• Good architecture is as engaging years after it is built as when it was completed.
  • Architecture should transcend “trendy”.


  • Old and new styles can be juxtaposed.
  • The best attributes of modern (light, air, and engagement with landscape) can be combined with the best of traditional (warm, cozy, comfortable with patina) in a synthetic whole.
  • Authentic old with patina or reinterpreted traditional is preferred over simulated “historic”.


  • Rigor and editing establish the essence of the intent and leads to better design.
  • It is best to accomplish the most with the least means.
  • Design should have intellectual rigor, meaning and content.
  • Design should connect to a broader discourse on architecture.


  • New fabrication techniques (computer milling, laser cutting) provide opportunities for craft, precision and high level of detail.
  • Sophisticated engineering is often behind design solutions.


  • Every project should be exquisite and original.  Each MHA project has been published, some widely, and professionally recognized.


  • The best solutions are unique to the site, space and client.
  • The best designs “learn from” clients and contexts.
  • Projects should express individual image of home without applying a signature style.
  • Every project should test a different design idea, method or technical challenge.


  • Design is not based on a preconceived idea or image.
  • Form and style emerge from thorough analysis and design exploration.


  • Using color and eclectic mixes of styles, textures and patterns is an art.
  • All beige is bland.


  • The best design works from inside out and outside in.
  • A doorknob and door swing should inform the architecture as much as the site and context.
  • The best design mediates the scale of architecture with the smallest detail.


  • A house in Beverly Hills should not look like a house in Hamptons.
  • A School in New Haven should not look like a house in the Hamptons.
  • It is fine to experiment stylistically on flag lot, but not necessarily responsible to experiment on a historic Village Lane.
  • Context should be analyzed and respected.


  • Extensive knowledge of and respect for architectural history informs intelligent design.


  • Site plans can be approached as urban design.
  • The space between structures creates defined outdoor rooms.
  • Architecture is best when it is seamless with the landscape.
  • The standard suburban model of the house in the middle of a property with conventional front and back yards should be constantly challenged.


  • Achieving “Green” is not just specifying green materials or using solar panels.
  • Thinking globally about how material is used efficiently, where it comes from, how much energy is used in its fabrication and transportation, and sensible use of building materials contributes more.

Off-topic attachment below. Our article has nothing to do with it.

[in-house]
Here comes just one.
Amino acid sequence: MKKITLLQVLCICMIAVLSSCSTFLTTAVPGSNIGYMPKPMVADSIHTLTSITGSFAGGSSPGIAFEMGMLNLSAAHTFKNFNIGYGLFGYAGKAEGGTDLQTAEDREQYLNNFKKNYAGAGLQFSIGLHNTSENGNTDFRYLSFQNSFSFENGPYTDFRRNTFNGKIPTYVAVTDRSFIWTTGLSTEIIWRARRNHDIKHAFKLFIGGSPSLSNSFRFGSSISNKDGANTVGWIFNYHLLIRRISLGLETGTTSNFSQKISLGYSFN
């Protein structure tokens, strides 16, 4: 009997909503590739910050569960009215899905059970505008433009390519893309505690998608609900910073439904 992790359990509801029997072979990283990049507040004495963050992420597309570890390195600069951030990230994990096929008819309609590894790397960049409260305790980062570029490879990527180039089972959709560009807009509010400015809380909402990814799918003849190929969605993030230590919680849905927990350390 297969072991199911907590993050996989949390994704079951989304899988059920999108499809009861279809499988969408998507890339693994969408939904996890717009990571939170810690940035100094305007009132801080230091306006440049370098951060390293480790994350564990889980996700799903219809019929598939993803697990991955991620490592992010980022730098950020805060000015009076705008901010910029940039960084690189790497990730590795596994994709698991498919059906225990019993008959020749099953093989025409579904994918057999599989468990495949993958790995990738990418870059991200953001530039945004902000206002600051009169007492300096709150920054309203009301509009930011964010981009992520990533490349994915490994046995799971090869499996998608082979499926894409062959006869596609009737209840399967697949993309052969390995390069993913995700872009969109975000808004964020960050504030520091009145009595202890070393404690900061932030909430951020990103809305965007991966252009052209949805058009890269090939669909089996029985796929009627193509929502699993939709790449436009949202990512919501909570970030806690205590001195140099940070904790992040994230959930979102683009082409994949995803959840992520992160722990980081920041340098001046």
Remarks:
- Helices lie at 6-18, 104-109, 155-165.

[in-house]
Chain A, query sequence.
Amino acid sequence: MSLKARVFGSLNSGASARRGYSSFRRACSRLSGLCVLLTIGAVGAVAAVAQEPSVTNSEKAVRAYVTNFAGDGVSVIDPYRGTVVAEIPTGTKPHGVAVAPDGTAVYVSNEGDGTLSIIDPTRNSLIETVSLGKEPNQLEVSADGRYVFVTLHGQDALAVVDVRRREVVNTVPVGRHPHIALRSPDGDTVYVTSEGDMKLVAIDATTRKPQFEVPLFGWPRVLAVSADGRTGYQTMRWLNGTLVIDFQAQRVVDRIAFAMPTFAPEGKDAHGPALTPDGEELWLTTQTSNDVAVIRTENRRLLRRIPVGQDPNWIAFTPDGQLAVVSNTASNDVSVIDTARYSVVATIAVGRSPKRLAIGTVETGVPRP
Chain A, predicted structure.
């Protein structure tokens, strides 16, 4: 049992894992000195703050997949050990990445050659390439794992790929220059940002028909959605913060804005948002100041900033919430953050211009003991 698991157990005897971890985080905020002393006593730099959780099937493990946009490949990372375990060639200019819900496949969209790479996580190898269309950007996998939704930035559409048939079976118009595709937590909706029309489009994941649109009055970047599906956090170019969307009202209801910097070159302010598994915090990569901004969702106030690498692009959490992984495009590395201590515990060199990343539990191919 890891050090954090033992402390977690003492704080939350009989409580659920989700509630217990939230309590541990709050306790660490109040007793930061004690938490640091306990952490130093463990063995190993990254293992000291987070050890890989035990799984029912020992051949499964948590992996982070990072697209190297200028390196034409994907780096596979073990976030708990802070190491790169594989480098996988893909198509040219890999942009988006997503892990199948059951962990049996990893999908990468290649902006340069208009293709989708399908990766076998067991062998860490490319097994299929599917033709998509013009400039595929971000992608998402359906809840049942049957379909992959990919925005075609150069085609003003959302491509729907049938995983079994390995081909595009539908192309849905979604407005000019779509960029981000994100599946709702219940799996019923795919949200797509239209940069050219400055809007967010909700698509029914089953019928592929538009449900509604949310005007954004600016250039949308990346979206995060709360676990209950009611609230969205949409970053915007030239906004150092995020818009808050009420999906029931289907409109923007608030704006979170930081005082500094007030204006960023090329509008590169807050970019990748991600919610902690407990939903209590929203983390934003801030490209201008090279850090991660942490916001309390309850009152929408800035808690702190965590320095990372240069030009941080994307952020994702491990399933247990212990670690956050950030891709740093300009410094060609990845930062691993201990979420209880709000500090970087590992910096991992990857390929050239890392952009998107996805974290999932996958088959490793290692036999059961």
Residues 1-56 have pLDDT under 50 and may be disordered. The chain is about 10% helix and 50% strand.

• Often the most “green” decision is to renovate not tear down, unless operating costs and energy use has more environmental cost.
  • Architecture is sustainable if it is timeless and durable stylistically over time.



  • MHA limits the amount of work in the office at any one time to ensure full attention to detail, quality of design and efficiency of process.
  • Every layer of administrative infrastructure adds time and loss in translation.
  • MHA does not compromise the direct involvement in the artistic creation.


  • Unique sets of analytical tools and techniques reveal client needs and desires and communicate design ideas through precedents, comparisons, diagrams and mock ups (from details to entire houses with furniture).


  • Each project is the result of collaboration with the client.
  • The work responds to each client’s tastes and interests and the project’s site and context without imposing a specific design agenda or style.
  • There is often as much to learn from clients as they learn from us.


  • Project administration is as important as design.
  • MHA is known in the Hamptons for obtaining zoning and environmental approvals in record time with the highest quality submittals.
  • MHA is known in the City for submitting the best Coop Board packages, and success with the Landmarks Preservation Commission.


  • The project schedule and administration is a design problem that benefits from synthetic thinking that analyzes many independent variables.  Well designed processes can lead to less time for execution.


  • Smart design is valued.
  • Wasteful and unnecessarily expensive projects are not rigorous; they are “lazy”.
  • Rigorous, edited designs and simple forms are more economical to build.
  • Budgets and economy do not preclude good design.
  • Every design decision should factor cost and schedule.


  • There is never one solution and many design alternatives should be studied.
  • The best way for any client to make an informed decision is to be clearly presented the comprehensive range of options and the implications of each decision on other aspects of the project.
  • Once all of the factors are presented and the client is fully informed, decisions can be made quickly, thoughtfully and confidently.


  • All architects have a civic responsibility to the public realm.